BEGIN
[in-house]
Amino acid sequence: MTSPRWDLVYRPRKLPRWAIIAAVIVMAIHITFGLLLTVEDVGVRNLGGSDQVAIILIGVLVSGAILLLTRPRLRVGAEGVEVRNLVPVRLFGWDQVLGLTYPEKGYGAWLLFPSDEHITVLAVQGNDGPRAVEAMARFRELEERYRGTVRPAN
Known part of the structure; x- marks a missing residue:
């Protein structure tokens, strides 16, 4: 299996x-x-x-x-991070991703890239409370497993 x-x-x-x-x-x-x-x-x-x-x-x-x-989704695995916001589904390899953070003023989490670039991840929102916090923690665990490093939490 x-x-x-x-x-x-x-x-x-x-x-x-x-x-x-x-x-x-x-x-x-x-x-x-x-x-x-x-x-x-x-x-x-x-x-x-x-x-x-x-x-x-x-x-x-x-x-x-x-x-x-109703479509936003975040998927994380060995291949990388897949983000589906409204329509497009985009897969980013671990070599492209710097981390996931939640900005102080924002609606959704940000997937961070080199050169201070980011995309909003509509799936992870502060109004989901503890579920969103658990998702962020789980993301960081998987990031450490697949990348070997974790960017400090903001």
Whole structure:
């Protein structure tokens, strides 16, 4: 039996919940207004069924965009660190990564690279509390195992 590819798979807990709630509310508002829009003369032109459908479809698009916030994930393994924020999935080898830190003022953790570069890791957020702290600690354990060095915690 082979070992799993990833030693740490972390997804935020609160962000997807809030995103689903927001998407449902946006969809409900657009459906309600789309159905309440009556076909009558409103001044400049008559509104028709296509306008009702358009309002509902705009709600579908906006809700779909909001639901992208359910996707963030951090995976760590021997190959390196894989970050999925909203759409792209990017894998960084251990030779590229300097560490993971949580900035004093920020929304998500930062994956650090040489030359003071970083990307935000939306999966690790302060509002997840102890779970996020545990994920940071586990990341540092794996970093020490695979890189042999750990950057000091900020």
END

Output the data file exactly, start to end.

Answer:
[in-house]
Amino acid sequence: MTSPRWDLVYRPRKLPRWAIIAAVIVMAIHITFGLLLTVEDVGVRNLGGSDQVAIILIGVLVSGAILLLTRPRLRVGAEGVEVRNLVPVRLFGWDQVLGLTYPEKGYGAWLLFPSDEHITVLAVQGNDGPRAVEAMARFRELEERYRGTVRPAN
Known part of the structure; x- marks a missing residue:
């Protein structure tokens, strides 16, 4: 299996x-x-x-x-991070991703890239409370497993 x-x-x-x-x-x-x-x-x-x-x-x-x-989704695995916001589904390899953070003023989490670039991840929102916090923690665990490093939490 x-x-x-x-x-x-x-x-x-x-x-x-x-x-x-x-x-x-x-x-x-x-x-x-x-x-x-x-x-x-x-x-x-x-x-x-x-x-x-x-x-x-x-x-x-x-x-x-x-x-x-109703479509936003975040998927994380060995291949990388897949983000589906409204329509497009985009897969980013671990070599492209710097981390996931939640900005102080924002609606959704940000997937961070080199050169201070980011995309909003509509799936992870502060109004989901503890579920969103658990998702962020789980993301960081998987990031450490697949990348070997974790960017400090903001």
Whole structure:
């Protein structure tokens, strides 16, 4: 039996919940207004069924965009660190990564690279509390195992 590819798979807990709630509310508002829009003369032109459908479809698009916030994930393994924020999935080898830190003022953790570069890791957020702290600690354990060095915690 082979070992799993990833030693740490972390997804935020609160962000997807809030995103689903927001998407449902946006969809409900657009459906309600789309159905309440009556076909009558409103001044400049008559509104028709296509306008009702358009309002509902705009709600579908906006809700779909909001639901992208359910996707963030951090995976760590021997190959390196894989970050999925909203759409792209990017894998960084251990030779590229300097560490993971949580900035004093920020929304998500930062994956650090040489030359003071970083990307935000939306999966690790302060509002997840102890779970996020545990994920940071586990990341540092794996970093020490695979890189042999750990950057000091900020």